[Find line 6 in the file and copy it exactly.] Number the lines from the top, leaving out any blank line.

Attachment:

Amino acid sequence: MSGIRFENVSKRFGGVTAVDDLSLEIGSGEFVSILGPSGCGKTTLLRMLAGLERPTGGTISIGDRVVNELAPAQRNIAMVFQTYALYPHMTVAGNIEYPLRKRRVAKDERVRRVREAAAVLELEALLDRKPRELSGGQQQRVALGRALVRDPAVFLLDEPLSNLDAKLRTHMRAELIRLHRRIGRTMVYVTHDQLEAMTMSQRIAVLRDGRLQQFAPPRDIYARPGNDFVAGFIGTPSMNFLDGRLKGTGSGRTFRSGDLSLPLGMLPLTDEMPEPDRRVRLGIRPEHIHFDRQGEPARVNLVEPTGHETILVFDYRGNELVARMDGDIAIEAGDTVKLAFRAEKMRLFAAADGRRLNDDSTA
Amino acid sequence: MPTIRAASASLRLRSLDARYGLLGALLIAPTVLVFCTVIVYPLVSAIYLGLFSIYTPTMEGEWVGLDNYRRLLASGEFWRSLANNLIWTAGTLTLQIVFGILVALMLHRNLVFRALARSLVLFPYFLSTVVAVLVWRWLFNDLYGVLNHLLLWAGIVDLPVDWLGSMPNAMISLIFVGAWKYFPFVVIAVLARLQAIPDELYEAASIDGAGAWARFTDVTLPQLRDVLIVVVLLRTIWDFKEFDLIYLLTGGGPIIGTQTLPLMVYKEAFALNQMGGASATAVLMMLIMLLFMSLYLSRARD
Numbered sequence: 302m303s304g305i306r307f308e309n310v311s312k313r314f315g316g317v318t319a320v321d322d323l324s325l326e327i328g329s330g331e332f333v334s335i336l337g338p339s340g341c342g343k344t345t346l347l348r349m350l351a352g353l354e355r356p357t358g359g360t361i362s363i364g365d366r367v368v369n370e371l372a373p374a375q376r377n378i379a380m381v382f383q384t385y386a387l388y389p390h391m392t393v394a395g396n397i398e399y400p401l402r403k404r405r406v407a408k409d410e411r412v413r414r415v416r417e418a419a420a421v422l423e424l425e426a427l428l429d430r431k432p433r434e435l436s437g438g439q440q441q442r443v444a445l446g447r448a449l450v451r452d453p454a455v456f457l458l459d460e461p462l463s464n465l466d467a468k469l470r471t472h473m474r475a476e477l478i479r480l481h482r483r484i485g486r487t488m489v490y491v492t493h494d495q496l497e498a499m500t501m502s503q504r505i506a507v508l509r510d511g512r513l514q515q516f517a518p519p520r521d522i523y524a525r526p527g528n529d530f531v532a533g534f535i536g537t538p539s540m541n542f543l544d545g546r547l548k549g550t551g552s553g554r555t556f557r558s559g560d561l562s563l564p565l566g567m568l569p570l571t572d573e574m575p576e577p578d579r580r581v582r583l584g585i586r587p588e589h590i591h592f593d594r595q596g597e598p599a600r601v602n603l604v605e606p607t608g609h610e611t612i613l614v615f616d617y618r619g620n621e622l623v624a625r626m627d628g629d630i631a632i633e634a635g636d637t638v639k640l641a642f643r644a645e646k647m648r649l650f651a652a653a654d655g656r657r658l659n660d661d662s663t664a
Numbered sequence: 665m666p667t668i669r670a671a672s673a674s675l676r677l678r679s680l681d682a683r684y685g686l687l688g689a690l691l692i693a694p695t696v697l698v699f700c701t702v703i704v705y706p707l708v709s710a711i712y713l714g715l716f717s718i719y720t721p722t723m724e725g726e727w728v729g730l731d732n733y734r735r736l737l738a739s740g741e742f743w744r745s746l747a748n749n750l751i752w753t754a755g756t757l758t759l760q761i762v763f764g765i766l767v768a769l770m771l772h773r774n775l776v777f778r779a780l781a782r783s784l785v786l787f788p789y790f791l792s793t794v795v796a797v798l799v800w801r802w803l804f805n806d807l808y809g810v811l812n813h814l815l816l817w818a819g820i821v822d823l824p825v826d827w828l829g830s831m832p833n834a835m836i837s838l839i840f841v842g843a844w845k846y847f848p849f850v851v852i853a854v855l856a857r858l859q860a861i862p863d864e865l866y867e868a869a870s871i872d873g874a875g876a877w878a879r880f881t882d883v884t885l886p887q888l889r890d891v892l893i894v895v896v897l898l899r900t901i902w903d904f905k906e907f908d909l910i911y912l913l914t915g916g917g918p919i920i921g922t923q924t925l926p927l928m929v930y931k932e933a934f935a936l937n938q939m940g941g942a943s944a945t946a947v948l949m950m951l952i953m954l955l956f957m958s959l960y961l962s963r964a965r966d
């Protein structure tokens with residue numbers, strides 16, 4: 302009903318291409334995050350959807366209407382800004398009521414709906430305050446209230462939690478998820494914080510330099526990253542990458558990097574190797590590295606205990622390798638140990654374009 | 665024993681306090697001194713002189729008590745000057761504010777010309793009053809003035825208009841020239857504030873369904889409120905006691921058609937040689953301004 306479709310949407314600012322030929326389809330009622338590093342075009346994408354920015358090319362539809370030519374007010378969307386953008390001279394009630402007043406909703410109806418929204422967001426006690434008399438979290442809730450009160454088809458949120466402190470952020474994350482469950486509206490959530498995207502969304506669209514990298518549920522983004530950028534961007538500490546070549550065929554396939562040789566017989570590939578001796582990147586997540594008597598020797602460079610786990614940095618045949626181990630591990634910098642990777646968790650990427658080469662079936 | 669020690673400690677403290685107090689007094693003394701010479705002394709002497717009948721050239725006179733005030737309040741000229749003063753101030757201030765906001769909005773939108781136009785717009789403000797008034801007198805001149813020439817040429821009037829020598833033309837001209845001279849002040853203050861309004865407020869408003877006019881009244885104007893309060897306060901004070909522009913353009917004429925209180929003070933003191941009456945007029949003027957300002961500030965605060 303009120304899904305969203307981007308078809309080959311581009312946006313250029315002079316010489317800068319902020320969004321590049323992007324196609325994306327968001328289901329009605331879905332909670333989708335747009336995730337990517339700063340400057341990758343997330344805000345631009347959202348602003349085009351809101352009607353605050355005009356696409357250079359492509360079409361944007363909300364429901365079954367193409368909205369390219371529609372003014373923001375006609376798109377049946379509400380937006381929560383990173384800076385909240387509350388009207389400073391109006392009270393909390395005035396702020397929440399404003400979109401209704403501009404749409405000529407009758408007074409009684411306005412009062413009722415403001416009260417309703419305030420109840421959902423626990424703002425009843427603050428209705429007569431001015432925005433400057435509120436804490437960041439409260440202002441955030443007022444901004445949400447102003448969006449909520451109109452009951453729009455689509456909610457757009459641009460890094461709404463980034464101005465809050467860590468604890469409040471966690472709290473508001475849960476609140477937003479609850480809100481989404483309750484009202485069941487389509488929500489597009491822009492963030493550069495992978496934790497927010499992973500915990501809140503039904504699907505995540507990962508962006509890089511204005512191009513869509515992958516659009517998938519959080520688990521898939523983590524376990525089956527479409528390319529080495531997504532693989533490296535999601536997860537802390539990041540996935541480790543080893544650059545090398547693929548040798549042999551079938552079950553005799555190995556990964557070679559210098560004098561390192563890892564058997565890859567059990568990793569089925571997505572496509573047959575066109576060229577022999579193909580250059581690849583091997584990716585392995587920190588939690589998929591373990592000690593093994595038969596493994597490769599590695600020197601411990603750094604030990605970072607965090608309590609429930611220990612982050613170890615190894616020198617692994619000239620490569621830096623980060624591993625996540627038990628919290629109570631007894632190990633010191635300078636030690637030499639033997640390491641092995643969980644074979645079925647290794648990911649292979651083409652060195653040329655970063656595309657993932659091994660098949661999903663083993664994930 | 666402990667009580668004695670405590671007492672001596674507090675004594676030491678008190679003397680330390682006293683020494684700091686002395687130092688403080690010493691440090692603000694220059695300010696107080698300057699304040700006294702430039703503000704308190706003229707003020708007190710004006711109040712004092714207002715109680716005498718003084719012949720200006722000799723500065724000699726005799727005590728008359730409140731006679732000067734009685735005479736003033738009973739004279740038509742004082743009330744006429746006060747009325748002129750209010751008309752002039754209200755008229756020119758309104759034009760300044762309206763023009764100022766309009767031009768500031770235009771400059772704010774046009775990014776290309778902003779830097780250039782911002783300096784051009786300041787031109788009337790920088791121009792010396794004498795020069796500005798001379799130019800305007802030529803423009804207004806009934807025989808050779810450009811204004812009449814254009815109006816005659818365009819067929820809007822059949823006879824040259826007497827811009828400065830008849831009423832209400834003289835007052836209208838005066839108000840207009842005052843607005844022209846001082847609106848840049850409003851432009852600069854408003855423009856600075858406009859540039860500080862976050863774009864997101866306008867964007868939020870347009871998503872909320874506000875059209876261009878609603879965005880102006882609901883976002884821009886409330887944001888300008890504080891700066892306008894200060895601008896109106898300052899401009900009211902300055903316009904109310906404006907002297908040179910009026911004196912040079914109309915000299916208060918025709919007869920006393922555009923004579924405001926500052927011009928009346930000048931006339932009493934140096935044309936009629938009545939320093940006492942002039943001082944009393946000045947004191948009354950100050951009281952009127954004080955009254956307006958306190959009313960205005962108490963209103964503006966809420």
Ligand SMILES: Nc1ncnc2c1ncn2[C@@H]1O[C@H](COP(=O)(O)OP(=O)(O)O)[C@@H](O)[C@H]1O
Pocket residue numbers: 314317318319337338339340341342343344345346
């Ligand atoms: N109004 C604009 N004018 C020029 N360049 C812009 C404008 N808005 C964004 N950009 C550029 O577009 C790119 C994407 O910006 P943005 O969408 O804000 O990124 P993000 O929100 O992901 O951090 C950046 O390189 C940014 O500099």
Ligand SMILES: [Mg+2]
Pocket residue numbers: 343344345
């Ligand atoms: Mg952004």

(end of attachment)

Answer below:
Ligand SMILES: Nc1ncnc2c1ncn2[C@@H]1O[C@H](COP(=O)(O)OP(=O)(O)O)[C@@H](O)[C@H]1O